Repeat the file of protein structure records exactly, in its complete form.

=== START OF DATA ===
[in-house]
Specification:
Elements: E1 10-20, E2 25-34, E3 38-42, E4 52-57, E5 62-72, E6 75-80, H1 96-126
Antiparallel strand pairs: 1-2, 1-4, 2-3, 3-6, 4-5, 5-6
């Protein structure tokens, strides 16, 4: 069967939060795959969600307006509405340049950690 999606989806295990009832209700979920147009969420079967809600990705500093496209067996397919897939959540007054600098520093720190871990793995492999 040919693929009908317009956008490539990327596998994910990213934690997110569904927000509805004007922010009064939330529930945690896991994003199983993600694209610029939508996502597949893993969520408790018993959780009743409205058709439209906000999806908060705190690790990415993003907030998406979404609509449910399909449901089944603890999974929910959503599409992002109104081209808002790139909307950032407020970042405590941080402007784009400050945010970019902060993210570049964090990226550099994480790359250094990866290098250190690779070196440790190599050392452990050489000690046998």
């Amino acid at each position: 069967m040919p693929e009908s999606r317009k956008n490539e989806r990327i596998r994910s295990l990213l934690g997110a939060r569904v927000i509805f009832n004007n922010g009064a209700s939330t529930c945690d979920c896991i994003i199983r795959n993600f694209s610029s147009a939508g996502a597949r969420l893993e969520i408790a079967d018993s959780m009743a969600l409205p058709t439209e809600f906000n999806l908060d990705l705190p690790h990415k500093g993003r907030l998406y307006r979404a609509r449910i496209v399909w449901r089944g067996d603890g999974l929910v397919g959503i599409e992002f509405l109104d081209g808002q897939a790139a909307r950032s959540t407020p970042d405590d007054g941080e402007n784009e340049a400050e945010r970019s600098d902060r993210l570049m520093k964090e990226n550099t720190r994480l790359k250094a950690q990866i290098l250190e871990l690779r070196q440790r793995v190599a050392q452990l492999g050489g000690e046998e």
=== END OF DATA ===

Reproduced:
[in-house]
Specification:
Elements: E1 10-20, E2 25-34, E3 38-42, E4 52-57, E5 62-72, E6 75-80, H1 96-126
Antiparallel strand pairs: 1-2, 1-4, 2-3, 3-6, 4-5, 5-6
């Protein structure tokens, strides 16, 4: 069967939060795959969600307006509405340049950690 999606989806295990009832209700979920147009969420079967809600990705500093496209067996397919897939959540007054600098520093720190871990793995492999 040919693929009908317009956008490539990327596998994910990213934690997110569904927000509805004007922010009064939330529930945690896991994003199983993600694209610029939508996502597949893993969520408790018993959780009743409205058709439209906000999806908060705190690790990415993003907030998406979404609509449910399909449901089944603890999974929910959503599409992002109104081209808002790139909307950032407020970042405590941080402007784009400050945010970019902060993210570049964090990226550099994480790359250094990866290098250190690779070196440790190599050392452990050489000690046998």
């Amino acid at each position: 069967m040919p693929e009908s999606r317009k956008n490539e989806r990327i596998r994910s295990l990213l934690g997110a939060r569904v927000i509805f009832n004007n922010g009064a209700s939330t529930c945690d979920c896991i994003i199983r795959n993600f694209s610029s147009a939508g996502a597949r969420l893993e969520i408790a079967d018993s959780m009743a969600l409205p058709t439209e809600f906000n999806l908060d990705l705190p690790h990415k500093g993003r907030l998406y307006r979404a609509r449910i496209v399909w449901r089944g067996d603890g999974l929910v397919g959503i599409e992002f509405l109104d081209g808002q897939a790139a909307r950032s959540t407020p970042d405590d007054g941080e402007n784009e340049a400050e945010r970019s600098d902060r993210l570049m520093k964090e990226n550099t720190r994480l790359k250094a950690q990866i290098l250190e871990l690779r070196q440790r793995v190599a050392q452990l492999g050489g000690e046998e």